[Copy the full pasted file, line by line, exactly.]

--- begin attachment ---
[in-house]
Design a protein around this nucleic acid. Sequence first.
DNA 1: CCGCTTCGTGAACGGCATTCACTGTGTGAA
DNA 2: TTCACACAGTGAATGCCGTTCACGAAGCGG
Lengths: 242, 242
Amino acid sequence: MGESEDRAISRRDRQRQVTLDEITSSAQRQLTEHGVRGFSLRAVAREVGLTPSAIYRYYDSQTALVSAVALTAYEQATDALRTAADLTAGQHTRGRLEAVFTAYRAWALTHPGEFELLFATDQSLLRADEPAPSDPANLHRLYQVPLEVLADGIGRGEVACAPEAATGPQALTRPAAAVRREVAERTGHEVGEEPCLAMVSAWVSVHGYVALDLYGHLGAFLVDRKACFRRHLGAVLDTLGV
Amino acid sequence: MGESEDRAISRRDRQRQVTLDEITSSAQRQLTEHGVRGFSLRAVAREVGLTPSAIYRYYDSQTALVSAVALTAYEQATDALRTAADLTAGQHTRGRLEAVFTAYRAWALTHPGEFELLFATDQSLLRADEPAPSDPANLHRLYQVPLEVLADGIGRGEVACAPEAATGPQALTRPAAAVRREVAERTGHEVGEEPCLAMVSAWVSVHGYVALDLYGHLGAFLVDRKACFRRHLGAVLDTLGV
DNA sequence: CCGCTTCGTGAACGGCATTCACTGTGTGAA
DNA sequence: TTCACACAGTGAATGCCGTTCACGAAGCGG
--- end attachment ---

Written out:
[in-house]
Design a protein around this nucleic acid. Sequence first.
DNA 1: CCGCTTCGTGAACGGCATTCACTGTGTGAA
DNA 2: TTCACACAGTGAATGCCGTTCACGAAGCGG
Lengths: 242, 242
Amino acid sequence: MGESEDRAISRRDRQRQVTLDEITSSAQRQLTEHGVRGFSLRAVAREVGLTPSAIYRYYDSQTALVSAVALTAYEQATDALRTAADLTAGQHTRGRLEAVFTAYRAWALTHPGEFELLFATDQSLLRADEPAPSDPANLHRLYQVPLEVLADGIGRGEVACAPEAATGPQALTRPAAAVRREVAERTGHEVGEEPCLAMVSAWVSVHGYVALDLYGHLGAFLVDRKACFRRHLGAVLDTLGV
Amino acid sequence: MGESEDRAISRRDRQRQVTLDEITSSAQRQLTEHGVRGFSLRAVAREVGLTPSAIYRYYDSQTALVSAVALTAYEQATDALRTAADLTAGQHTRGRLEAVFTAYRAWALTHPGEFELLFATDQSLLRADEPAPSDPANLHRLYQVPLEVLADGIGRGEVACAPEAATGPQALTRPAAAVRREVAERTGHEVGEEPCLAMVSAWVSVHGYVALDLYGHLGAFLVDRKACFRRHLGAVLDTLGV
DNA sequence: CCGCTTCGTGAACGGCATTCACTGTGTGAA
DNA sequence: TTCACACAGTGAATGCCGTTCACGAAGCGG